Just In: South Korean Officials Raid Data Center, Promise More Regulation

Following a major outage caused by a data center fire, South Korea cracks down on data center operations by promising more regulation of the industry in that country.

Data Center Knowledge

October 21, 2022

3 Min Read
Pangyo Techno Valley in Seongnam-si, Korea
KoreaKHW / Alamy Stock Photo

One lesson from South Korea's recent data center fire affecting a pillar of the country’s digital infrastructure: Increased government regulations could be only one outage away for your data center operations.

South Korean officials raided the headquarters of SK C&C today, in search of the true reason for last Saturday’s data center fire that caused an outage for the nation’s most popular online services, Kakao and Naver.

The fallout from the data center fire has been severe and includes speculation about possible sabotage, the resignation of the data center provider SK C&C, and most worryingly for some, increased regulation of data centers nationwide.

This leads some to wonder if strict data center regulation will find its way to European and U.S. data centers.

"Regulation may not look the same globally and may be tailored to specific topics such as sustainability or resiliency and uptime, but overall there is a trend of increasing regulation due to the growing dependence on data centers,” Ryan Orr, vice president, Topology Services, Uptime Institute told Data Center Knowledge.




SK C&C's data center is located in Pangyo Techno Valley in Seongnam-si, near South Korea's capital city Seoul.

“Due to the increased sensitivity for data center operations, any incident needs to be scrutinized to ensure it was truly an accident and not something more troubling,” Tim Crawford, CIO strategic advisor for research and advisory services firm Avoa, told Data Center Knowledge. “In the U.S., due to the increased concentration of data center operations and potential impact of data loss, I would expect to see greater regulation for U.S.- and EMEA-based data centers in the near future.”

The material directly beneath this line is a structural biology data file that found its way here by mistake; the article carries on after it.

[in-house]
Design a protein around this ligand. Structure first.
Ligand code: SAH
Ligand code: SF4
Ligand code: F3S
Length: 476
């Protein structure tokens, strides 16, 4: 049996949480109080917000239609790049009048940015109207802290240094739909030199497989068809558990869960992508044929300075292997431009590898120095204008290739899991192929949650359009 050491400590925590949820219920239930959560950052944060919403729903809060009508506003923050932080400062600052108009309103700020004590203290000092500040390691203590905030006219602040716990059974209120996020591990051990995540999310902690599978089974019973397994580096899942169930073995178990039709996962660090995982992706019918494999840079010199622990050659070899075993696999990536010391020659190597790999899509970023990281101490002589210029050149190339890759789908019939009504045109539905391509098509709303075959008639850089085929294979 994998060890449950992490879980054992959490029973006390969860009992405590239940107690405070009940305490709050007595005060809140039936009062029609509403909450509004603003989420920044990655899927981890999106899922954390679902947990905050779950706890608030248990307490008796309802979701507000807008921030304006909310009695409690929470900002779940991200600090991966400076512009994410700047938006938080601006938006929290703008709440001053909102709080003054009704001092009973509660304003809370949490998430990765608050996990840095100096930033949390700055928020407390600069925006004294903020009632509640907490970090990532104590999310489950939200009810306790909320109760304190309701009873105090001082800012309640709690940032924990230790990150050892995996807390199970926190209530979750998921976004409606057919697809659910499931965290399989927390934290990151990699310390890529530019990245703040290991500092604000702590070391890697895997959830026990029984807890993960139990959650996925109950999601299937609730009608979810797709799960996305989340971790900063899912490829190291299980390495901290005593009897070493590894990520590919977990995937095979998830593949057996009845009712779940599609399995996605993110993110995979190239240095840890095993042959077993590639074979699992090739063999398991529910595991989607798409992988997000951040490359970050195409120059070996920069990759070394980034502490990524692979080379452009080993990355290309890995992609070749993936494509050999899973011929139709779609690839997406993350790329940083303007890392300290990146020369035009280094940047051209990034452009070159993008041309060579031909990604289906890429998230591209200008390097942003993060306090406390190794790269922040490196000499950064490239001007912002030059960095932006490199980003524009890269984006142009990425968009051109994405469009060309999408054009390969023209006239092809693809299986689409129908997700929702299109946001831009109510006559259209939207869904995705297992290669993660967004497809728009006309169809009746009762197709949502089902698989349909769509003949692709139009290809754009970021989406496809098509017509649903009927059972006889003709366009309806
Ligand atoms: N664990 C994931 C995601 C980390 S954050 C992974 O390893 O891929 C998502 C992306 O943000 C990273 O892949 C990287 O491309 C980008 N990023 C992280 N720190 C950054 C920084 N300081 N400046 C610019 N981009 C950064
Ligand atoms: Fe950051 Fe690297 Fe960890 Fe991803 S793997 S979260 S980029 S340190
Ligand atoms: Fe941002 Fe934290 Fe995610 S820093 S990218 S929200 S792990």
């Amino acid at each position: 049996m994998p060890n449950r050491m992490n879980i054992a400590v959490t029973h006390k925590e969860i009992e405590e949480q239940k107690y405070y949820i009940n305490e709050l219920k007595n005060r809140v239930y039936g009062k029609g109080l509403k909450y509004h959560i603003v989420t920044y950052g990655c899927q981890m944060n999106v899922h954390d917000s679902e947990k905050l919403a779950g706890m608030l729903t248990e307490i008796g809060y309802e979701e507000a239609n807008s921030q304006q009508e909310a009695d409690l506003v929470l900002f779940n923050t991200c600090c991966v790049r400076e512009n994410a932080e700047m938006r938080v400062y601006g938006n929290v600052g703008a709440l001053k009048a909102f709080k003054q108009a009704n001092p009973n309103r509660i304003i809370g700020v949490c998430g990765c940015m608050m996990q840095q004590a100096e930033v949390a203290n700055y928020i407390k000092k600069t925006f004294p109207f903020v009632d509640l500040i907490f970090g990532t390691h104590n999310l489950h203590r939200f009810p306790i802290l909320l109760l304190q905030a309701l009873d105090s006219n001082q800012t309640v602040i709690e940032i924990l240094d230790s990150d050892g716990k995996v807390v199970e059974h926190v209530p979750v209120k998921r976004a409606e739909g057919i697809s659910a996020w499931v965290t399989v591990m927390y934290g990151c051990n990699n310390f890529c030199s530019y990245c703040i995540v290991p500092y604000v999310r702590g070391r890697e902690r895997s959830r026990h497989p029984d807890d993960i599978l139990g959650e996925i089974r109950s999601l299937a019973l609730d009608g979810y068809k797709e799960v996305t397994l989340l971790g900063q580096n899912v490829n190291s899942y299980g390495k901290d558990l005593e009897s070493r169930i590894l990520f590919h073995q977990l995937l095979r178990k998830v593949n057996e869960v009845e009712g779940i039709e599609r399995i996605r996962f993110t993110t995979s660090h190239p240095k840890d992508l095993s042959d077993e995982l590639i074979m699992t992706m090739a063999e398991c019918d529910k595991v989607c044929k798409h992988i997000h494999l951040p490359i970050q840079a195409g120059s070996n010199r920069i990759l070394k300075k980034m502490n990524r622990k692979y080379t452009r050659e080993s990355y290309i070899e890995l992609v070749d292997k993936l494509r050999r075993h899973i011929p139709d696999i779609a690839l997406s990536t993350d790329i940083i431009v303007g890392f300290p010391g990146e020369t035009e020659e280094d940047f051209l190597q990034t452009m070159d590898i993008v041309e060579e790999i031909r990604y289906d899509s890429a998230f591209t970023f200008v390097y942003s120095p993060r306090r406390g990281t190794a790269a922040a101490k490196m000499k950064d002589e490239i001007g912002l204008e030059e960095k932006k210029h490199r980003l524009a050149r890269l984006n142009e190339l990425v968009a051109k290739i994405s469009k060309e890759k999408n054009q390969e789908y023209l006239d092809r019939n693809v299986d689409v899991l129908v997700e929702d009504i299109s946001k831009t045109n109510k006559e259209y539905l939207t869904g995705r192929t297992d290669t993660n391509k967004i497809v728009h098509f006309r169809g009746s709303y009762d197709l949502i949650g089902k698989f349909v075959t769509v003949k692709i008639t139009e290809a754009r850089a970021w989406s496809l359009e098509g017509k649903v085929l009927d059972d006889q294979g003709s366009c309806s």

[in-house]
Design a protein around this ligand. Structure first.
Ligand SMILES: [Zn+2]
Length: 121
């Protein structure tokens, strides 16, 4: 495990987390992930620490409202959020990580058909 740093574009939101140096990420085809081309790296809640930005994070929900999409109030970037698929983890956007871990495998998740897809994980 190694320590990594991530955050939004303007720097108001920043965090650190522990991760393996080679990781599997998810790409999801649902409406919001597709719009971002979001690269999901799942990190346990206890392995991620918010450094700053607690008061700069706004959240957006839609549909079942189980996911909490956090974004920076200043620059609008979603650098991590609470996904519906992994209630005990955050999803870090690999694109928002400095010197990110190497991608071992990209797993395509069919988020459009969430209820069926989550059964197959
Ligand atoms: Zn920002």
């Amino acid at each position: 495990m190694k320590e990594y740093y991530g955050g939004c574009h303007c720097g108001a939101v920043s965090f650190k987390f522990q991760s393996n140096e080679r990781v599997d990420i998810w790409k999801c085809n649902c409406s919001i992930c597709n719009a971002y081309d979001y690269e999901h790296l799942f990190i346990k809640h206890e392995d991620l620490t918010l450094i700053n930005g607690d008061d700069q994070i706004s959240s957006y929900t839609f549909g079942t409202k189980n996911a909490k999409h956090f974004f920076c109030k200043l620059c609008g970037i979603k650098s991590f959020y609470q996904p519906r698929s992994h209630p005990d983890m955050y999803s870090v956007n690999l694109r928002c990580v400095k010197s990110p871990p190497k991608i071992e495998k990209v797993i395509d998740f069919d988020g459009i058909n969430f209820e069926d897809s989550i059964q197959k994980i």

Related:South Korea Unveils Plans for AI Complex in Gwangju

Increased Scrutiny on Deck for South Korea’s Data Centers

South Koreans found their ability to chat via mobile devices cut off for four days due to the data center fire. Civic organizations blame the South Korean government for allowing mobile communications company Kakao to gain a monopoly on mobile messaging in the country, according to reporting by the Yonhap News Agency.

The outage had wide-ranging effects on Kakao's 43 million active daily users, slowing down communications for businesses, schools, and parents, among others. In a country with nearly 51 million inhabitants, the outage touched the vast majority of residents’ daily lives. Even the country’s public health services efforts to curb and monitor COVID-19 are tied to the Kakao messagin g service.

This put pressure on the South Korean government to show immediate action, which prompted Friday morning’s raid.

“This is yet another example of criticality of data centers to everybody’s day-to-day activities. Uptime Institute is finding that governments are increasingly recognizing that data centers are part of the national critical infrastructure,” Orr said.

South Korea’s President Yoon Suk-yeol announced the country’s Fair Trade Commission is looking into the matter, declaring Kakao “basic infrastructure” since so many critical services are dependent on the organization’s uptime/availability.

The fallout from this data center fire-caused outage is far from over. President Yoon also announced the launch of a task force to study the SK C&C outage.


-- Monday, October 24, 2022, 2 p.m. EST - Editor's Note: This article has been updated to include expanded insights and coverage from Uptime Institute.

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